I'm having a hard time trying to understand a koan from the Introduction of Mathematics Made Difficult, by Carl E. Linderholm

"One of the great Zen masters had an eager disciple who never lost an opportunity to catch whatever pearls of wisdom might drop from the master’s lips, and who followed him about constantly. One day, deferentially opening an iron gate for the old man, the disciple asked, How may I attain enlightenment?” The ancient sage, though withered and feeble, could be quick, and he deftly caused the heavy gate to shut on the pupil’s leg, breaking it.

When the reader has understood this little story, then he will understand the purpose of this book. It would seem to the unenlightened that as though the master, far from teaching his disciple, had left him more perplexed than ever by his cruel trick. To the enlightened, the anecdote expresses a deep truth. It is impossible to spell out for the reader what this truth is; he can only be referred to the anecdote."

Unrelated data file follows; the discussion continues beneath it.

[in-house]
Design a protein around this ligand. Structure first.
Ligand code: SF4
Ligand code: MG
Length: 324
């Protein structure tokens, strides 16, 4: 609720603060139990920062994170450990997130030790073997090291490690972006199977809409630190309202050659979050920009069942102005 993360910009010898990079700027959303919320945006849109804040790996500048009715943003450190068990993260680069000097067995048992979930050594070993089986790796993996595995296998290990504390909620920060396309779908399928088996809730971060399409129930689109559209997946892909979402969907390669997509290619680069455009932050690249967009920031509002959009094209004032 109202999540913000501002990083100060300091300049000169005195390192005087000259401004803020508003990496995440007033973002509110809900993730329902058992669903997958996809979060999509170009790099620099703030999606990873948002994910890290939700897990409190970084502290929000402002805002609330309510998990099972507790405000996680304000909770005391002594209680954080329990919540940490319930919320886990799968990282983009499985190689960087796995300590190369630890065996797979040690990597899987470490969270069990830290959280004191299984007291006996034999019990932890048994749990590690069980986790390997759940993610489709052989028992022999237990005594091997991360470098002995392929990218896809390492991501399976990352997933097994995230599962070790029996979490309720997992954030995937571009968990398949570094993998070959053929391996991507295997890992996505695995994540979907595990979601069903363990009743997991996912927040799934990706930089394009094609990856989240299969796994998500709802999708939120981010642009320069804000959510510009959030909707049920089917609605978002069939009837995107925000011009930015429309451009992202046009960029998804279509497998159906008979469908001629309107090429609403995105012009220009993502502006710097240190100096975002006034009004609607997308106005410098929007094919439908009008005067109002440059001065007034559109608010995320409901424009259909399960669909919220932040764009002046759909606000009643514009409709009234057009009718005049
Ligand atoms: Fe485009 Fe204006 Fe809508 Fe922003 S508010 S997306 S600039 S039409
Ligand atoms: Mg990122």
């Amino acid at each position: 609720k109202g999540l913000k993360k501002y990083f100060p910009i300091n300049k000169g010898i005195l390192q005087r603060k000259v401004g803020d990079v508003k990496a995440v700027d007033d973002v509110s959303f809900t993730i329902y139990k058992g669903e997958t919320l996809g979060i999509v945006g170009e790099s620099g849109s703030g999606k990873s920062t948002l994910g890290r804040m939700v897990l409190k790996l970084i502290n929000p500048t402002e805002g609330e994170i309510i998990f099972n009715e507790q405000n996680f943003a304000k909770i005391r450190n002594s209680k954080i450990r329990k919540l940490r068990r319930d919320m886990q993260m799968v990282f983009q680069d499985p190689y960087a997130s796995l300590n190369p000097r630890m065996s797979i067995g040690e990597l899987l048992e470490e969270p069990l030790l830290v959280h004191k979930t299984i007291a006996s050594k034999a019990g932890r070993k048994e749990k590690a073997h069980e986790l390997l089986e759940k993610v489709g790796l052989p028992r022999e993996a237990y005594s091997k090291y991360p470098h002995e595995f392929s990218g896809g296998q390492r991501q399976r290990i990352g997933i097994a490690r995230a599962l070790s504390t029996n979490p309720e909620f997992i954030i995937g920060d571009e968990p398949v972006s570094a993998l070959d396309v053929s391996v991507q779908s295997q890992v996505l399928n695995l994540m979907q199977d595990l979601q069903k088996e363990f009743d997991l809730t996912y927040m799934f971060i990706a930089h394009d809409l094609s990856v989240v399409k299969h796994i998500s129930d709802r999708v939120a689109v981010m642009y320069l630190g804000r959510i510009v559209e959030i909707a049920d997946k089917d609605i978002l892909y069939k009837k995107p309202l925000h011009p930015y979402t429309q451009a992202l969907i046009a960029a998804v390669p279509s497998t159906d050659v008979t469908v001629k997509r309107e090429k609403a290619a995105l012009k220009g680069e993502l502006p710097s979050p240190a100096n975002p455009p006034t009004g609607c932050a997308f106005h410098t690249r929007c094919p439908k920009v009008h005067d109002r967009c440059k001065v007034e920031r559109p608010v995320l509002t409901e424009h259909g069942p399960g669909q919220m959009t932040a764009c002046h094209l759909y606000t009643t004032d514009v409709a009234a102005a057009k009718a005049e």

I know, I know, koan's experts would say we are not supposed to understand them with a logical mind. But anyway, is this a common koan in Buddhist philosophy? Are there other similar well-known stories? Is it common to receive a corporal punishment from a master? ARe there other examples of this?

  • 1
    I took it as enlightenment can only be attained through suffering. – user9029 Sep 6 '14 at 18:41
  • It would not be that we cannot understand with the logical mind but that the necessary realisation must come from somewhere else and will transcend our ordinary use of logic. That realisation would be 'computable' as it were, and would be understandable to the logical mind. Koans are interesting to discuss but really they are best tackled in private for any value. Chris Sunami's answer seem good to me. – PeterJ May 1 '18 at 12:11
  • @user9029 That is exactly the opposite of Buddhist thought. – CriglCragl May 1 '18 at 12:30